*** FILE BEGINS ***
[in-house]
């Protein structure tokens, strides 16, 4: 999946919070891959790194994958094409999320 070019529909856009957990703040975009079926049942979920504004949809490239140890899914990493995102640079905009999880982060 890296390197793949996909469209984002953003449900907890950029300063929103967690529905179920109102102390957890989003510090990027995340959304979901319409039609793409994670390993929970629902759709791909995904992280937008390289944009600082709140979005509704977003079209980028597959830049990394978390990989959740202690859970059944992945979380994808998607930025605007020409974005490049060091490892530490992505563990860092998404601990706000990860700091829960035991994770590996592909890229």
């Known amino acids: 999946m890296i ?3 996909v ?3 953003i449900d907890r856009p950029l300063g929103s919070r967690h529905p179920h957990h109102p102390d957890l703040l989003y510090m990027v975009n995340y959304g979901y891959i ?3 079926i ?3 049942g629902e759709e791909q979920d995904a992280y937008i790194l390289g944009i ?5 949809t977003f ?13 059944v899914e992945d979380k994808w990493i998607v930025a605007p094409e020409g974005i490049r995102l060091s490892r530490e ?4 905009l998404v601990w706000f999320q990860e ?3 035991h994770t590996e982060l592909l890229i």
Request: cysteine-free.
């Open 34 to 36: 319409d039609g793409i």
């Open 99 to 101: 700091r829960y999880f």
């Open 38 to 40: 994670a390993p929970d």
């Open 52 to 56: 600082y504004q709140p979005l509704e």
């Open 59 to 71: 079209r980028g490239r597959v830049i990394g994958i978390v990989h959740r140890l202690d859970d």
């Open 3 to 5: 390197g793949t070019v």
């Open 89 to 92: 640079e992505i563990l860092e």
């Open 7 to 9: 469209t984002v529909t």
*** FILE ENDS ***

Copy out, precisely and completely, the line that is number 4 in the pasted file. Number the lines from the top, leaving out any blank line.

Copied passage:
Request: cysteine-free.